What is a Pretrial in a Connecticut Divorce?

"What is a pretrial?" written in black on a white background with the Freed Marcroft divorce attorneys logo in the lower right corner.There are all sorts of terms of art that get thrown around during Connecticut divorces.  At Freed Marcroft, we want you to understand what is happening in your divorce — including what different terminology applies.  Today, we will answer one common question, “what is a pretrial in a Connecticut divorce?”

What is a Pretrial in a Connecticut Divorce?

“Pretrial” is shorthand for “pretrial conference.”  A pretrial conference is a settlement meeting required by the court.  Otherwise put, a pretrial is when the court brings the parties together to assist them in deciding how to resolve their disputes themselves.

Read: What is a Four Way Meeting in a Divorce?

Special Masters Pretrials vs. Judicial Pretrials

There are two types of pretrials in Connecticut divorces, special masters pretrials and judicial pretrials.  In both, professionals experienced with Connecticut divorce law are there to help the parties reach an agreement.  For a judicial pretrial, that person is a judge.  In a special masters pretrial, one or two experienced divorce lawyers volunteer their time to assist spouses in resolving their disputes.

Read: What is a Special Masters Pretrial in a Connecticut Divorce?

What Can I Expect at My Connecticut Divorce Pretrial?

Unlike a trial, neither type of pretrial generally takes place in a courtroom.  Courts generally hold special masters pretrials in a courthouse conference room.  Conversely,  courts hold judicial pretrials in the judge’s chambers.  Commonly, two attorneys serving as special masters. Courts require spouses to attend pretrial conferences, but often they don’t actively participate with the judge or the special masters.

Instead, lawyers meet with the judge or special masters.  Each attorney presents his or her view of the facts of the case, as well as his or her client’s proposal for settlement.  After hearing from both attorneys, the judge or special master gives a non-binding settlement recommendation.  The attorneys share that recommendation with clients, and settlement discussions continue.  What occurs during a pretrial conference is privileged and may not be introduced as evidence in the event of a trial down the line.

Read: What Is a Divorce Trial?

Read: What’s the Difference Between a Pretrial and a Trial in a Connecticut Divorce?

When Is the Pretrial?

Pretrial conferences are regularly scheduled when parties enter into a Case Management Agreements — typically 90 to 120 days after the divorce begins.  Courts try to schedule pretrial conferences after the majority of discovery is complete. This sets the stage for meaningful settlement discussions.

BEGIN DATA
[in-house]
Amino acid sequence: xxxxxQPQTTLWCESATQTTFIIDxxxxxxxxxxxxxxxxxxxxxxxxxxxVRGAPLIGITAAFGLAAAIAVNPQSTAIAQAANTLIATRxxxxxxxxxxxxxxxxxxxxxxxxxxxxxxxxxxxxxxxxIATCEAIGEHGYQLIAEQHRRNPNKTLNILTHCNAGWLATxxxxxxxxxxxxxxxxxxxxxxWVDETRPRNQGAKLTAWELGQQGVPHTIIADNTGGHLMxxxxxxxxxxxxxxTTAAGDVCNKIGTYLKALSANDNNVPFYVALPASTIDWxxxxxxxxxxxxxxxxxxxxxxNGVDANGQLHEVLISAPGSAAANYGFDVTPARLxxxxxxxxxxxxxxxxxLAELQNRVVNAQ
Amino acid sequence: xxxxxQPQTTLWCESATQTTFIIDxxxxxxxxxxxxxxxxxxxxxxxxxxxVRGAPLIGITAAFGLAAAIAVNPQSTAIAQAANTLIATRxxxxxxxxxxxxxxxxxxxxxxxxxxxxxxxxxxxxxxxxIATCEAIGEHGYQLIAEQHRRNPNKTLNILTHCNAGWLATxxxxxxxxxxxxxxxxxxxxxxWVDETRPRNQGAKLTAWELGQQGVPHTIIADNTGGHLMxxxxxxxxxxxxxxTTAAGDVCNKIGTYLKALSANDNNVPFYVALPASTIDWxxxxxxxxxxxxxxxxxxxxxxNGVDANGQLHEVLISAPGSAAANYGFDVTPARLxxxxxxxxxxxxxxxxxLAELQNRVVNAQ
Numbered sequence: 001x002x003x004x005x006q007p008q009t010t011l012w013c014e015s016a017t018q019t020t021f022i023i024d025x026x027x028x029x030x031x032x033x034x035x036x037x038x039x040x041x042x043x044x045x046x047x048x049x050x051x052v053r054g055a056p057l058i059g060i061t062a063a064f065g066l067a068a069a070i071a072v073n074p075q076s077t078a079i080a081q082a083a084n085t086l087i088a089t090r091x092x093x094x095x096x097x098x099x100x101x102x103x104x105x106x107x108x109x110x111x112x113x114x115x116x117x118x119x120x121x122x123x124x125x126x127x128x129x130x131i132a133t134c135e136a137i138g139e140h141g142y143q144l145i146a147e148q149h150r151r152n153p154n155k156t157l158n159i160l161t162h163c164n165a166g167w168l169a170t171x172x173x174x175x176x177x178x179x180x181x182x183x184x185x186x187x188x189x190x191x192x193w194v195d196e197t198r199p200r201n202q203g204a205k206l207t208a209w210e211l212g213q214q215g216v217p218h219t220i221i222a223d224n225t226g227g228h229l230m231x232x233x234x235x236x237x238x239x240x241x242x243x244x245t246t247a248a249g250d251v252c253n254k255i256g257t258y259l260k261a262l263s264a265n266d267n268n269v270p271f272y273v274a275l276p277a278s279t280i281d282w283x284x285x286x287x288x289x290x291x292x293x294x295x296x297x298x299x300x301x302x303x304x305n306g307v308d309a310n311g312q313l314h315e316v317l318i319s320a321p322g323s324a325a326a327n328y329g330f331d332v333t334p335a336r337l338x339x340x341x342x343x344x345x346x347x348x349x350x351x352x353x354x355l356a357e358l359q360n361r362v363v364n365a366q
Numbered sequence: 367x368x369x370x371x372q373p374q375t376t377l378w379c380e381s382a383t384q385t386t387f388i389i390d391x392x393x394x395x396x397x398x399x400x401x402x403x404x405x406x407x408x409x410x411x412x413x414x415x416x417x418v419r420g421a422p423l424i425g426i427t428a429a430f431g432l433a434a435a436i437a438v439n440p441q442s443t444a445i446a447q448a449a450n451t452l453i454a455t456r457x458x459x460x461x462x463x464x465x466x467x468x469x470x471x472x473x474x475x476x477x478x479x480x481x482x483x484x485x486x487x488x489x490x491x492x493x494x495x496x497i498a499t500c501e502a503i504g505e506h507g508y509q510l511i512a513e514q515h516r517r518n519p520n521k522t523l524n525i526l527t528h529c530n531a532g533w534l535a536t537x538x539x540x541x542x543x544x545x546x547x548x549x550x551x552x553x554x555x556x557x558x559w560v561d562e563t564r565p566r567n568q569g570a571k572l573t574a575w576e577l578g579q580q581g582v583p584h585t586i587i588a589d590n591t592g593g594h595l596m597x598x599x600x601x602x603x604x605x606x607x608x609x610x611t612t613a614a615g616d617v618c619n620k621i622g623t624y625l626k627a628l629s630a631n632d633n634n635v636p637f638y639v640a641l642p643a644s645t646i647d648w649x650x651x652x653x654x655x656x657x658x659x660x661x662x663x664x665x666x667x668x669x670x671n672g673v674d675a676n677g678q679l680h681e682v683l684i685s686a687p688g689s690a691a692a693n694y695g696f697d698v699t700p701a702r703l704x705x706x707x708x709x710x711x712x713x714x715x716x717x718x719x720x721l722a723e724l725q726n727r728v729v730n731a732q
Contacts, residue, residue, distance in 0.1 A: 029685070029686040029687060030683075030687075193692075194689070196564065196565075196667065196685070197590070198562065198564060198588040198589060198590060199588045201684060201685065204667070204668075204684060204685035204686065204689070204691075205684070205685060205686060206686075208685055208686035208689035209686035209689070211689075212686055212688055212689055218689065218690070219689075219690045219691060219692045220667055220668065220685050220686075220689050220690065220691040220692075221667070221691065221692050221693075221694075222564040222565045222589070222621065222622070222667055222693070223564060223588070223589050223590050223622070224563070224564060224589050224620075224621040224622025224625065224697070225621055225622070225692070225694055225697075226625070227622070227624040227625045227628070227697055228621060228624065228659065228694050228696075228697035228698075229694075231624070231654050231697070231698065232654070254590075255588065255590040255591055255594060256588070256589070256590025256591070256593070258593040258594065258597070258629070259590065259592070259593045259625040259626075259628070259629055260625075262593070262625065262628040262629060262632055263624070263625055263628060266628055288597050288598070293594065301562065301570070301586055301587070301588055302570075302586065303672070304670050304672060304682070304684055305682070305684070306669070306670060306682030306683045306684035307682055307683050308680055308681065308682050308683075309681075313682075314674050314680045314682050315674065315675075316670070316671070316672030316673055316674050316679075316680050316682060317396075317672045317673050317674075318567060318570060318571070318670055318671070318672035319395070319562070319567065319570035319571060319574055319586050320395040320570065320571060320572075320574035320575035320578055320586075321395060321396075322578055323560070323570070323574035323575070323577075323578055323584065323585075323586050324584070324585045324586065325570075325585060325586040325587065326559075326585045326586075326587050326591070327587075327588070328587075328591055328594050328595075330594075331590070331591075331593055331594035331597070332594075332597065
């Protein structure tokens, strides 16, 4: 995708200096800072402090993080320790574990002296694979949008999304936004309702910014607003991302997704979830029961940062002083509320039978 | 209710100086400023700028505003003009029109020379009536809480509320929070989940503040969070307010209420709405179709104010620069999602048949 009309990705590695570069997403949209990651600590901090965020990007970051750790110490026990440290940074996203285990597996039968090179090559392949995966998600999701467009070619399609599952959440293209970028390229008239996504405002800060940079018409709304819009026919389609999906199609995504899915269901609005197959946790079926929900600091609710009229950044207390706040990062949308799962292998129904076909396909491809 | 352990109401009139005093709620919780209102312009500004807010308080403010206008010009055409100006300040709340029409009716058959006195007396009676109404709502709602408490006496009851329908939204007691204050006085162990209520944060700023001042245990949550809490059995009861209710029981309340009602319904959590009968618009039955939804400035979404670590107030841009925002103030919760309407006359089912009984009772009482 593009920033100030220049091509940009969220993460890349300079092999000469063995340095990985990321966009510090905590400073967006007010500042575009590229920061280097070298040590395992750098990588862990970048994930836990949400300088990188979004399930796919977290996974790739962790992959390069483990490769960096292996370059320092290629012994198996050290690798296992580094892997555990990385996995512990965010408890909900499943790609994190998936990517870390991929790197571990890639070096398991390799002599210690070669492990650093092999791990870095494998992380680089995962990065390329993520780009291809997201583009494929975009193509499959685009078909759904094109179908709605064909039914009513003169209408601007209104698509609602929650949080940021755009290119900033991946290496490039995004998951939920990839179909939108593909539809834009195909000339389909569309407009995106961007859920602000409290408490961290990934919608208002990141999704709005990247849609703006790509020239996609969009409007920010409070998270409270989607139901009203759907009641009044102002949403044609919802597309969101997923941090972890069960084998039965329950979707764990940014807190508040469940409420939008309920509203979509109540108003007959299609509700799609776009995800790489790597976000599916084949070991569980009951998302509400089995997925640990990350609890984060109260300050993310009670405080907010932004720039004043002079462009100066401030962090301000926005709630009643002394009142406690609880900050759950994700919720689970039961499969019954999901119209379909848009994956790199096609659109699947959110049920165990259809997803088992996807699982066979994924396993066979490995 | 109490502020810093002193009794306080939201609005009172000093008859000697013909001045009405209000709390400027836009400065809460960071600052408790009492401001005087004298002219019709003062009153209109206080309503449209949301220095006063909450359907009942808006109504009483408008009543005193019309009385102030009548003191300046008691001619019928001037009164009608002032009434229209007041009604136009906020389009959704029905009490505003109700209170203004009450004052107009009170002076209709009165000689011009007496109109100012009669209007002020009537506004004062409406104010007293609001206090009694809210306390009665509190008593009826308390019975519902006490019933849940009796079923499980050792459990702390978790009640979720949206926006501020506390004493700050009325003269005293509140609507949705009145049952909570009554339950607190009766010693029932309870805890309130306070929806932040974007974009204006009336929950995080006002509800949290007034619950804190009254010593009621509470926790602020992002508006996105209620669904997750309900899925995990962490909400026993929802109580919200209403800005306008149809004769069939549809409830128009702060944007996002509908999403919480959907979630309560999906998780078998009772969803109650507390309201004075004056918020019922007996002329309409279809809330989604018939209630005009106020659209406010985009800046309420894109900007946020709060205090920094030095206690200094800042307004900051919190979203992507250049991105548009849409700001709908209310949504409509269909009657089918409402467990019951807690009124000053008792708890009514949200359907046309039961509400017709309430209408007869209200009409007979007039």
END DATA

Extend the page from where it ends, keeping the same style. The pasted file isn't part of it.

Read: Discovery in Connecticut Divorces

Read: Settlement & Divorce

What Does the Court Require Before the Pretrial?

Prior to a pretrial conference, both spouses must exchange a memorandum explaining the basics of the case.  The parties must also exchange proposed orders that reflect what both parties seek, updated financial affidavits, and if there are children, proposed Child Support Guidelines.

Read: Do We Have To Follow the Connecticut Child Support Guidelines?

What Happens After a Pretrial Conference?

If you reach a full agreement at the pretrial, your attorneys will prepare a Separation Agreement, which outlines the terms of the agreement.  Then, the attorneys ask the court to schedule an Uncontested Divorce Hearing.  That hearing is where you will officially be divorced.  At Freed Marcroft we have developed a library of client-only resources to help you prepare for the pretrial — both practically and emotionally.

If you resolve some issues at the pretrial, that’s a win too.  Settlement discussions can continue.  If you do not reach a holistic settlement, your case will ultimately go to trial with narrowed issues.

Read: What’s an Uncontested Divorce in Connecticut?

Next Steps

At Freed Marcroft, we want you to understand what is happening in your divorce.  To learn more about the difference between a pretrial and a trial, please click here.

A skilled legal strategy rooted in your goals shines at pretrials.  Our first step at Freed Marcroft, the Goals & Planning Conference, is designed to get to the heart of your problem and unveil your true goals for your life. Once we discover your goals at the Goals and Planning Conference, we are able to take our collective experience with divorce, law, the available ways to divorce, strategy, courts, judges, and other lawyers, and build a divorce customized for you.

Schedule your Goals & Planning Conference today, or contact us either here or by phone at 860-560-8160.